Excitation contraction coupling (ECC) is the process by which electrical excitation of muscle is converted into force generation. Depolarization of skeletal muscle resting potential contributes to failure of ECC in diseases such as periodic paralysis, ICU acquired weakness and possibly fatigue of muscle during vigorous exercise. When extracellular K+ is raised to depolarize the resting potential, failure of ECC occurs suddenly, over a range of several mV of resting potential. While some studies have hypothesized the sudden failure of ECC is due to all-or-none failure of excitation, other studies suggest failure of excitation is graded. Intracellular recordings of action potentials (APs) in individual fibers during depolarization revealed that APs do not fail in an all-or-none manner. Simultaneous imaging of Ca2+ transients during depolarization revealed failure over a narrow range of resting potentials. An AP property that closely correlated with the sudden failure of the Ca2+ transient was the integral of AP voltage with respect to time. We hypothesize the close correlation is due to the combined dependence on time and voltage of Ca2+ release from the sarcoplasmic reticulum. The quantitative relationships established between resting potential, APs and Ca2+ transients provide the foundation for future studies of depolarization-induced failure of ECC in diseases such as periodic paralysis.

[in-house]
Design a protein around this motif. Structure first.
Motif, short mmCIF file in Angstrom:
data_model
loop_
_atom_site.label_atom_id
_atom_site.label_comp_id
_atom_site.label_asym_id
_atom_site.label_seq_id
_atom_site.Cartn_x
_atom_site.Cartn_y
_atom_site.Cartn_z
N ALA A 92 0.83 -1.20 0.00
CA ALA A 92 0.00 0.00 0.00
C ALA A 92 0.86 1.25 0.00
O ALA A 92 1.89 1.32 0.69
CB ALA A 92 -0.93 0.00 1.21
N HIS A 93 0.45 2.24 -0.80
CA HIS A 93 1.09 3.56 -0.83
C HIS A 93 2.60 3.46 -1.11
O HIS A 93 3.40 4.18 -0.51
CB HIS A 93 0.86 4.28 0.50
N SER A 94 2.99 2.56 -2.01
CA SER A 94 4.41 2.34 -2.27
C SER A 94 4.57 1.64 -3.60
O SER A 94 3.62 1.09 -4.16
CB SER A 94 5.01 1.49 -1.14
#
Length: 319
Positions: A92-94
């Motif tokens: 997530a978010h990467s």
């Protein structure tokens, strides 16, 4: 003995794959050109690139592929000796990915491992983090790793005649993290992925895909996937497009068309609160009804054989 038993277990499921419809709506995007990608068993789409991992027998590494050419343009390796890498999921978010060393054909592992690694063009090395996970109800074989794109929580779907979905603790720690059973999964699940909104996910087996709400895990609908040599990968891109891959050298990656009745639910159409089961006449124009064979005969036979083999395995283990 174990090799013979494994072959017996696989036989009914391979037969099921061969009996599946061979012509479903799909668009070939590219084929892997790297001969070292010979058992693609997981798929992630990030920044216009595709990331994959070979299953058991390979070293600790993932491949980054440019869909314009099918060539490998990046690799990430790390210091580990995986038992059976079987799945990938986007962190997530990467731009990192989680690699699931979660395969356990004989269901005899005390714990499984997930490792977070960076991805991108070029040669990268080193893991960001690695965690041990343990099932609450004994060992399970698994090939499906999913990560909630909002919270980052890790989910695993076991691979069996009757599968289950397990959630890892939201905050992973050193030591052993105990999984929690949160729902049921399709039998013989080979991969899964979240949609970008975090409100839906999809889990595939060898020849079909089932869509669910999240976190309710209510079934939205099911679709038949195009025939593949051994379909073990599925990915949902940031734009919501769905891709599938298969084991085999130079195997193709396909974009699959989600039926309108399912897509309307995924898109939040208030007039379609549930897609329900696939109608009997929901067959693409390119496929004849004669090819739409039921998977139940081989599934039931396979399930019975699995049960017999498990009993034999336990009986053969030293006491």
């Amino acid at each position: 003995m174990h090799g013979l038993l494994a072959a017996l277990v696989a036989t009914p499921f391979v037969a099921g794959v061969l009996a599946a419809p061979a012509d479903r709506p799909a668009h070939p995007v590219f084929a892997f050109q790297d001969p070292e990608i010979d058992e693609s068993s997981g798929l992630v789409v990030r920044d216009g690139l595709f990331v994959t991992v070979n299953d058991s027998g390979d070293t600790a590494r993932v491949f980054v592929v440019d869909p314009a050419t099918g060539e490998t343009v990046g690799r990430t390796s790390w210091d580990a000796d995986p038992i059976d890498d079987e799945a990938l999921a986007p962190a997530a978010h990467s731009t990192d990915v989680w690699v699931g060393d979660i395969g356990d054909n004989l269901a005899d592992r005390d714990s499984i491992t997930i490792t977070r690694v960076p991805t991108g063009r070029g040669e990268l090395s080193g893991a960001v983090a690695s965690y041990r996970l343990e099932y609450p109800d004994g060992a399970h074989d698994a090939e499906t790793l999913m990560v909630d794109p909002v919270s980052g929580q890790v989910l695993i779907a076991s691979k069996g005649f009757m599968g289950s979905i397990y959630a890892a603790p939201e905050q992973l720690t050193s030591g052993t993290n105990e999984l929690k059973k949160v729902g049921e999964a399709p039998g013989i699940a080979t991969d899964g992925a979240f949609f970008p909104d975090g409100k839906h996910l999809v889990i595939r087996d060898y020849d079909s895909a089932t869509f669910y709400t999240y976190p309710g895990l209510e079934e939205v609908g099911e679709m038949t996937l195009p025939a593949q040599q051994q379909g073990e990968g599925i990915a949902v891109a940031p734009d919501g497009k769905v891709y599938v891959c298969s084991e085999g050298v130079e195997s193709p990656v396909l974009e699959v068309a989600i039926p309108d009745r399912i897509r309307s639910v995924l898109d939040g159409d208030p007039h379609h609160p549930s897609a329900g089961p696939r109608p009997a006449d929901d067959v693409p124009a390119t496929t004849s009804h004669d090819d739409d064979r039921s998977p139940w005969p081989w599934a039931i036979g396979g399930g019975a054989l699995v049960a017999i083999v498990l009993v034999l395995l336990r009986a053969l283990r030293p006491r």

Burke, S. R.,
Foy, B. D.,
Voss, A. A.,
& Rich, M. M.
(2021). The Role of Action Potential Waveform in Failure of Excitation Contraction Coupling. bioRxiv.